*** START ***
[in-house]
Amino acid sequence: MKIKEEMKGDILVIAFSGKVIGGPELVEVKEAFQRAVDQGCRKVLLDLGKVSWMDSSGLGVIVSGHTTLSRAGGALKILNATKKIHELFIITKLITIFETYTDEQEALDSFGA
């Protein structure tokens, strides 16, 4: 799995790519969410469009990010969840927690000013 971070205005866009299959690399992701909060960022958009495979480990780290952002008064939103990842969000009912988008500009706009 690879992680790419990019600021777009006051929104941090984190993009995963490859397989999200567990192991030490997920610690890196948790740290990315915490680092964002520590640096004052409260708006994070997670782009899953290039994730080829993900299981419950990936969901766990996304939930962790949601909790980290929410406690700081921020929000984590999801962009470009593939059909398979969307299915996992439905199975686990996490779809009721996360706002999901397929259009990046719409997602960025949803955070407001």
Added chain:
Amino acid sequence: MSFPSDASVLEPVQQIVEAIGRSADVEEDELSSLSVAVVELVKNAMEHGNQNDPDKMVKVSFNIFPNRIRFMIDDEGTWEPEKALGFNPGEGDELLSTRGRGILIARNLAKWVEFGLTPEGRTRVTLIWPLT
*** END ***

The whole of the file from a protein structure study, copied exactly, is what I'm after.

[in-house]
Amino acid sequence: MKIKEEMKGDILVIAFSGKVIGGPELVEVKEAFQRAVDQGCRKVLLDLGKVSWMDSSGLGVIVSGHTTLSRAGGALKILNATKKIHELFIITKLITIFETYTDEQEALDSFGA
């Protein structure tokens, strides 16, 4: 799995790519969410469009990010969840927690000013 971070205005866009299959690399992701909060960022958009495979480990780290952002008064939103990842969000009912988008500009706009 690879992680790419990019600021777009006051929104941090984190993009995963490859397989999200567990192991030490997920610690890196948790740290990315915490680092964002520590640096004052409260708006994070997670782009899953290039994730080829993900299981419950990936969901766990996304939930962790949601909790980290929410406690700081921020929000984590999801962009470009593939059909398979969307299915996992439905199975686990996490779809009721996360706002999901397929259009990046719409997602960025949803955070407001």
Added chain:
Amino acid sequence: MSFPSDASVLEPVQQIVEAIGRSADVEEDELSSLSVAVVELVKNAMEHGNQNDPDKMVKVSFNIFPNRIRFMIDDEGTWEPEKALGFNPGEGDELLSTRGRGILIARNLAKWVEFGLTPEGRTRVTLIWPLT